The outsourcing of American jobs and technologies to China is well-documented by record U.S. trade deficits. However, middle-market manufacturers and suppliers in Wisconsin increasingly are looking for and finding opportunities to sell their products in China, according to Christian Bartley, executive director of the World Trade Center Wisconsin.
Wisconsin business owners are looking to sell their products to the massive Chinese population to help grow their companies back home in the United States, Bartley said.
"The Chinese marketplace consists of more than 1.1 billion people, who companies look at as consumers," Bartley said. "Many of the industries in the (Chinese) marketplace are either untapped or have been tapped in a limited way, and people want to know how to get there and how to grow."
Growth opportunities in China were the focus of the World Trade Center Wisconsin's third annual international sourcing conference at the Italian Community Center in Milwaukee on March 17. This year's conference was titled, "Beyond Sourcing: Manufacturing for, Selling to and Securing Investment from China."
To penetrate any foreign market, American companies must understand the cultural differences in that marketplace. A variety of resources are available to Wisconsin businesses interested in doing business in China, Bartley said.
Wisconsin companies mostly tend to be interested in learning how to attract capital from China, how to brand and market a product in China, when the right time is to own a facility in China and how to sell and distribute in China, Bartley said.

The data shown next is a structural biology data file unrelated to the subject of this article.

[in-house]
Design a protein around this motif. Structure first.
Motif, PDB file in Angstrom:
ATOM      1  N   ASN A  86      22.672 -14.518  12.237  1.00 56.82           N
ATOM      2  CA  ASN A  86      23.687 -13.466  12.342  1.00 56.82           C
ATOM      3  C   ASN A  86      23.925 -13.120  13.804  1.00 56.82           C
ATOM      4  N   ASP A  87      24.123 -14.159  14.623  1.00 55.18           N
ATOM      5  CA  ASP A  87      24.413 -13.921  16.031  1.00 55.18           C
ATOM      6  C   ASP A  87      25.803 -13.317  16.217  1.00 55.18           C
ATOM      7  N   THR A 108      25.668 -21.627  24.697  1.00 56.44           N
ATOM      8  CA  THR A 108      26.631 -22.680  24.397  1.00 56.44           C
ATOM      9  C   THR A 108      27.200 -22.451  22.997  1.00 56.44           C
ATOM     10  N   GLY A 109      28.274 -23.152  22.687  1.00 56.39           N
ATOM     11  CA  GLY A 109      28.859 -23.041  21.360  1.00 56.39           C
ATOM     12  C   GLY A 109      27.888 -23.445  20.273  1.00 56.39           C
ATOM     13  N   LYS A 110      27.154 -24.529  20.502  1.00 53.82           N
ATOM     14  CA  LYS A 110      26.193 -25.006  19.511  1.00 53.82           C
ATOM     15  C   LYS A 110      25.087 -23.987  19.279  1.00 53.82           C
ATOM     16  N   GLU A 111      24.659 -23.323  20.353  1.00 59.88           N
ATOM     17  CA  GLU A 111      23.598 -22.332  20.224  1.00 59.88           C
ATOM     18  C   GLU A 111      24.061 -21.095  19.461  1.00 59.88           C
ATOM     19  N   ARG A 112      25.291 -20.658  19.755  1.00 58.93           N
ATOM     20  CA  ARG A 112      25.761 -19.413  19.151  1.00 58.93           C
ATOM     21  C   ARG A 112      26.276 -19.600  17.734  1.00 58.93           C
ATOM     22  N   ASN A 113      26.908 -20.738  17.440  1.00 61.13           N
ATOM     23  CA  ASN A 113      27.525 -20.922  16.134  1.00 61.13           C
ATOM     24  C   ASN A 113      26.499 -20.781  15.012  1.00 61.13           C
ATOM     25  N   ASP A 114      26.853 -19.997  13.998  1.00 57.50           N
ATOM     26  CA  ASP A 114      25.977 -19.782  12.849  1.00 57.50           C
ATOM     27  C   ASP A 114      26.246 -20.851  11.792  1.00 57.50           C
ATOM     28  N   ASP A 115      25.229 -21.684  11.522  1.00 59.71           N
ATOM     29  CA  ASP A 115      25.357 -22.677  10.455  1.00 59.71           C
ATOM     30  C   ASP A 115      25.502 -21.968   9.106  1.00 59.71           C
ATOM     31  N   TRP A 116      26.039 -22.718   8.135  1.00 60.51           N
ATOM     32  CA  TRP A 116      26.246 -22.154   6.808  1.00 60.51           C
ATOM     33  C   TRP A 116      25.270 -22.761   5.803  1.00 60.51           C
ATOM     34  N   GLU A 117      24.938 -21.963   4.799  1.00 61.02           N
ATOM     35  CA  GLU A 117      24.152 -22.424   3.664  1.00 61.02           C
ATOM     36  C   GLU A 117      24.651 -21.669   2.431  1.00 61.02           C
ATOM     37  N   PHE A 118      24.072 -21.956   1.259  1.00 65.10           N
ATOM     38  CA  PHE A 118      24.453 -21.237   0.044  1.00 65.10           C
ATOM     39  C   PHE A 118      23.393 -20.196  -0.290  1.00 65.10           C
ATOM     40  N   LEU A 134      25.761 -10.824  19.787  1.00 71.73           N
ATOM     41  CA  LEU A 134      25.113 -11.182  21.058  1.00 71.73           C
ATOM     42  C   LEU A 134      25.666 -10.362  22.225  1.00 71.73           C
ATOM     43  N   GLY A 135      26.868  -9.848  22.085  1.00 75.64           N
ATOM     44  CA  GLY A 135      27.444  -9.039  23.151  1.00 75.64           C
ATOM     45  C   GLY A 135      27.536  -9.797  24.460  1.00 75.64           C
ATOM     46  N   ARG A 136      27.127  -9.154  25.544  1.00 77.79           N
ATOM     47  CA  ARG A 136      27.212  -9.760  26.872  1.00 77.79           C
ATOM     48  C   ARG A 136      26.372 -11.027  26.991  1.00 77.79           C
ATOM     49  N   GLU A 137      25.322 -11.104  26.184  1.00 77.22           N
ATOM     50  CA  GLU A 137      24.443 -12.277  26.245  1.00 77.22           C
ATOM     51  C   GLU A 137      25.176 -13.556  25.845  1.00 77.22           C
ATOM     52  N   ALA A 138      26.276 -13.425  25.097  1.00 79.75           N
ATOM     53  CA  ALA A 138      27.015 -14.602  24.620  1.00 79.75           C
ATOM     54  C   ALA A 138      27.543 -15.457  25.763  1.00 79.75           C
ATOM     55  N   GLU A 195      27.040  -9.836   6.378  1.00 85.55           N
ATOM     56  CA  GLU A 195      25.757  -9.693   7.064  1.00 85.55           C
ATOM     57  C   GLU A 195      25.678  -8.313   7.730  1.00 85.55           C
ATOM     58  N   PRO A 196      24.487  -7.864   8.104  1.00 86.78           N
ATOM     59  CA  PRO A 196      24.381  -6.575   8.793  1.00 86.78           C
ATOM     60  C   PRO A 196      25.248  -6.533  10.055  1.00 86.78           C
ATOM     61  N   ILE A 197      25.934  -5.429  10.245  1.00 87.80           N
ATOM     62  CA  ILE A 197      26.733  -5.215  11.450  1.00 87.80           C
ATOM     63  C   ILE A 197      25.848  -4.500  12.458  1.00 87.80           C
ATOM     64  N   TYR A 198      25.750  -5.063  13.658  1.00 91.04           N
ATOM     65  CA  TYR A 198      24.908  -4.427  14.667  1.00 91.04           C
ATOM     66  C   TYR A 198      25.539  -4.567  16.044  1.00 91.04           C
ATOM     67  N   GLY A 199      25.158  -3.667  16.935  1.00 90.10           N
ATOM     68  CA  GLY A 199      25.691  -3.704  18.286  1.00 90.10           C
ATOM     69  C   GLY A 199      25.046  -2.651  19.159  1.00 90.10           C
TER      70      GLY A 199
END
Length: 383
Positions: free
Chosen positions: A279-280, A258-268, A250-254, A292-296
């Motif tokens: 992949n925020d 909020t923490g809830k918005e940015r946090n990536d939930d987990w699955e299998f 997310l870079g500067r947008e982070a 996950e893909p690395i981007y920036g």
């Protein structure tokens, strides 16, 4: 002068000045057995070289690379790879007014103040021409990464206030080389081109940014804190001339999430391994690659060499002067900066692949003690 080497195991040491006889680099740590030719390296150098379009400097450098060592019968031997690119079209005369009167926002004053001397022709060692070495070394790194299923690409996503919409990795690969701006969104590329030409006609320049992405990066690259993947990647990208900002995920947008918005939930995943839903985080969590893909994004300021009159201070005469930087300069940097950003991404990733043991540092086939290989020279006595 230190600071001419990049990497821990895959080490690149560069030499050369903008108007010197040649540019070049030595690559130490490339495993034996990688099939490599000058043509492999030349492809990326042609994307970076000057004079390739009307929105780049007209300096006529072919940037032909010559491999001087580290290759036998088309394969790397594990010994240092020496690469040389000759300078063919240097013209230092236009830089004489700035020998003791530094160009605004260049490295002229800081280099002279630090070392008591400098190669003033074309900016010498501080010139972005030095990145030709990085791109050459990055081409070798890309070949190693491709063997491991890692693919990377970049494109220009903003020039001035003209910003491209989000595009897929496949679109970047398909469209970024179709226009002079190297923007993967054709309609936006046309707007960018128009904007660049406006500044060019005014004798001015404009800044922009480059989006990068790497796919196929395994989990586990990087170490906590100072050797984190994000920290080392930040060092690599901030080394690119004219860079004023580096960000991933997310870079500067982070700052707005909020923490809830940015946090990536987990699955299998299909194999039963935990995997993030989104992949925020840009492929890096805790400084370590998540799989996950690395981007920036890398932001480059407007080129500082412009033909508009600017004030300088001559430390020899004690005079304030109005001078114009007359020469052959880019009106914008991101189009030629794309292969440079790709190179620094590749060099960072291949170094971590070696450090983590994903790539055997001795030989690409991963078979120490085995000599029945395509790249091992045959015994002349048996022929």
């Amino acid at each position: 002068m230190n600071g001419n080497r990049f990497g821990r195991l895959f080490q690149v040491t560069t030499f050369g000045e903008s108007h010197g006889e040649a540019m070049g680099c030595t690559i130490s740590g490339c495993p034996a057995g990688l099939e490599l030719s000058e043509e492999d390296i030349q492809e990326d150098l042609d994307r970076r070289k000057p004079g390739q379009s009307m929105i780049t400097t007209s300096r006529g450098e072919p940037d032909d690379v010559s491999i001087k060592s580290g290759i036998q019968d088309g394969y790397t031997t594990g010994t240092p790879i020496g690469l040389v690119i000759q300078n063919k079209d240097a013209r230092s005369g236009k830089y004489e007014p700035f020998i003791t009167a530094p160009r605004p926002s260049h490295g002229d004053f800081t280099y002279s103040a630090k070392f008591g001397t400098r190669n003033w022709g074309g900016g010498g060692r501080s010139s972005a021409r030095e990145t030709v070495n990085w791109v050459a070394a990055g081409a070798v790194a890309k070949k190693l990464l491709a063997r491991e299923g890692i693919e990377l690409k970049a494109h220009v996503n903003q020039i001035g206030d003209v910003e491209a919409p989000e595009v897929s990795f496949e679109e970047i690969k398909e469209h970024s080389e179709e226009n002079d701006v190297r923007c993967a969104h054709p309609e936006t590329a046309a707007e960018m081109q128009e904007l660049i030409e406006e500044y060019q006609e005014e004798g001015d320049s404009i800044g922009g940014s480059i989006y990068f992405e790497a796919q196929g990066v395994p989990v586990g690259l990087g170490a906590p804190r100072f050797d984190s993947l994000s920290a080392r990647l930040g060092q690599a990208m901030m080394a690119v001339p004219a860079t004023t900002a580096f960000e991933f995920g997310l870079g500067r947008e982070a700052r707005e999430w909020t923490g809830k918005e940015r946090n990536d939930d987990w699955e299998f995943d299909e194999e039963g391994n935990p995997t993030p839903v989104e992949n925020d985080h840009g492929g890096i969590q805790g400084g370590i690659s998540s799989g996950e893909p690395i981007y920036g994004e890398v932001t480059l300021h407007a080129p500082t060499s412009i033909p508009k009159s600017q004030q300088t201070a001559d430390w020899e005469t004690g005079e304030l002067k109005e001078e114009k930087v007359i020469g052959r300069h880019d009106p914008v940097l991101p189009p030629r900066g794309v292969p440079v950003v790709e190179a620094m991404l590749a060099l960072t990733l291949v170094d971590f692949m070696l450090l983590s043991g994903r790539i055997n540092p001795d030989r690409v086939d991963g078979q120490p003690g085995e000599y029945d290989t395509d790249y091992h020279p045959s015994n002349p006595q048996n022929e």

Other business owners are only looking for foreign direct investment opportunities.
Chinese business owners are looking for similar investment and business opportunities and resources, Bartley said.
"Instead of reinvesting, people are more interested now in taking money off shore," Bartley said. "We are a great market. We are still one of the most attractive investment markets in the world, and the Chinese are looking to invest."
American companies that conduct business overseas in an intelligent manner do not have to be concerned about losing jobs in their homeland, Bartley said. Companies such as Chicago-based Bally Total Fitness Holding Corp., which has built fitness centers in China, have been successful in China by knowing how to brand and market their business there.
When companies such as Bally Total Fitness leverage their resources and create competitive strategies in China, jobs and property can easily be retained at their U.S. locations, Bartley said.
An American manufacturer can create a strong competitive advantage for itself through strategies such as lean manufacturing methodologies at home and by only outsourcing the most expensive component of a product, Bartley said. If a component such as intellectual property is most expensive for a company, the next-most expensive component can be outsourced, he said.
"Some companies have already learned to leverage opportunities, and that is where we are today," Bartley said. "(Companies) are now looking at China and asking how China can make the company back here grow."
The World Trade Center Wisconsin is a member of the World Trade Centers Association. World Trade Center offices in China want to help American companies both meet the right people and resources in China and to advise companies on penetrating the world's largest marketplace, Bartley said.
March 18, 2005, Small Business Times, Milwaukee, WI